Thursday, March 9, 2017
Review: "Kong: Skull Island"
King Kong, along with Godzilla, are the great white whales of moviedom. Their first iterations were unforgettable classics, and since then there have been multitudinous attempts over the decades to recapture lightning in a bottle.
Most have fizzled, and even the best failed to spark half as bright.
Every 12-15 years or so, studios and filmmakers -- and, they think, audiences -- will have forgotten the last (probably disastrous) movie and decide there’s still gold in them thar cinematic hills. So off we go again on another big-critter hunt.
Peter Jackson, fresh off the “Lord of the Rings” movies, gave us his dreary “King Kong” in 2005, and his career hit a slump that lasted until he ran back to Tolkien. “Godzilla” from 2014 managed to hide the monster until the halfway point, which is like manufacturing a sports car that has a top speed of 180 m.p.h. but takes three minutes to get from zero to 60.
So here comes “Kong: Skull Island,” and gosh darn if I didn’t enjoy the thing. It’s goofy as all get out, it has lots of stars but no single compelling character, and it has the sort of final fight scene where the big baddie we think is dead is going to need a couple more tries to get it right.
It’s a fun and surprisingly funny bit of popcorn movie-making. Tonally, it’s all over the map. You’ve got scenes of extreme gross-out deaths and dismemberments -- this may be hardest PG-13 ever given -- set off by silly quips, often within seconds of each other.
On several occasions after a primordial beastie leaps out of nowhere and kills off a couple more members of our intrepid party, they’ll get ready to soldier on and one of them will say something like, “Are we NOT going to talk about what just happened?!?” And the rest will in some way glumly respond that no, we’re not going to talk about what just happened. (Which, of course, is a way of talking about what happened.)
Smartly, big K appears within a couple of minutes of the beginning. He’s got a classic look, grand and majestic and threatening. Kong’s stature has grown with his legend. Climb the Empire State Building? Dude IS the Empire State Building.
Here he’s a lonely god-king, lumbering around his hidden island in the South Pacific circa 1973. He’s angry but also seems sad, and we’ll find out why later. When a bunch of scientists and Army types show up on an exploration mission, dropping seismic bombs and causing a ruckus on his turf, Kong quickly lays down some smack. But he’s got other things on his plate, and humans are just the pesky crumbs.
You want a plot summary? I’m not sure we really need one. Kong rules his secret island, the humans have come in helicopters to find out what’s there, and they quarrel. All 14 choppers are crashed, so it becomes a quest for survival by those who are left.
This is not the sort of movie to quibble over details. You want to know why there are prehistoric monsters on this one island? Let the eggheads bicker about subterranean vents and whatnot. How can there be a permanent hurricane surrounding the island, cutting it off from previous exploration? What are you, a damn meteorologist? Go find some low-pressure systems to warn Aunt Bessie about.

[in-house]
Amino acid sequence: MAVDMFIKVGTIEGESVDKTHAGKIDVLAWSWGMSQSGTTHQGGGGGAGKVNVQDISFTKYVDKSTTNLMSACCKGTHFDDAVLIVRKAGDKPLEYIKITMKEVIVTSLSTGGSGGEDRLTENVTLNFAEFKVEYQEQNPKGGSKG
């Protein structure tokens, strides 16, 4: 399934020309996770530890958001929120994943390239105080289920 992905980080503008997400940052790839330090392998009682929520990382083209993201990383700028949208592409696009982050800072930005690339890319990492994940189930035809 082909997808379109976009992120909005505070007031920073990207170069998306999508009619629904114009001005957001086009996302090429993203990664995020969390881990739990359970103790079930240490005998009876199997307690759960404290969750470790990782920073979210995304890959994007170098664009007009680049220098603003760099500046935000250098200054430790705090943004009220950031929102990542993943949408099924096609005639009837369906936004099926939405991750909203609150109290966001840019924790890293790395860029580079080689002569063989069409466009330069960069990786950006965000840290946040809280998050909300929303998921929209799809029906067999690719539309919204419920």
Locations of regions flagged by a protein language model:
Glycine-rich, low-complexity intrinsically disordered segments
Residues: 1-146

The ensemble cast is a collection of types rather than characters: Tom Hiddleston is the burnt-out British survivalist with suspiciously tight T-shirts and frosted highlights; Brie Larson is the “anti-war photojournalist” (her words) who represents the group’s soulful side; John Goodman is the kooky scientist running a fringe government agency called Monarch that searches for bigfoots, and Corey Hawkins is his dweeby protégé; John Ortiz is the uptight bureaucrat whose role is to be the lawyer in “Jurassic Park;” Samuel L. Jackson is the guts-and-glory wing commander who makes it a personal grudge with Kong; Toby Kebbell is Jackson’s resolute No. 2, who writes “Dear Billy” letters home to his son, which becomes a running theme among the rest; and Tian Jing is the inconsequential Asian supporting character included only to shore up the Chinese market.
The guy who probably had the best time making the movie is John C. Reilly, who plays an addled American pilot who crash-landed on the island during World War II, and can’t understand why nobody listens to the guy who actually knows what’s what. He gets a lot of great one-liners and milks them for every drop.
I also enjoyed Shea Whigham as the taciturn older soldier who’s been around and isn’t fazed by much; after Kong has torn up all their Hueys he offers, “That was an unconventional encounter.” He’s exactly the sort of character who’s kept around to make a noble sacrifice near the end, which goes exactly as we think, but also not.
Dan Gilroy, Max Borenstein and Derek Connolly wrote the screenplay, along (I hear) with a host of uncredited others. Director Jordan Vogt-Roberts was an interesting choice; his only other feature film credit is “The Kings of Summer,” a tiny coming-of-age indie that made its way around the festival circuit awhile back.
Peter Jackson was originally set to direct “Kong: Skull Island,” but I guess somebody finally got around to watching his first Kong movie. The project banged around and ended up in its current weird but rather wonderful form. Hell, a King Kong movie that throws in an “Oldboy” reference can’t be all bad.
I was going to end this review by harkening back to the first paragraph, which some professor once taught is the mark of a good essay. But I decided it was giving away too much, and if you stick around till the very end you’ll see why.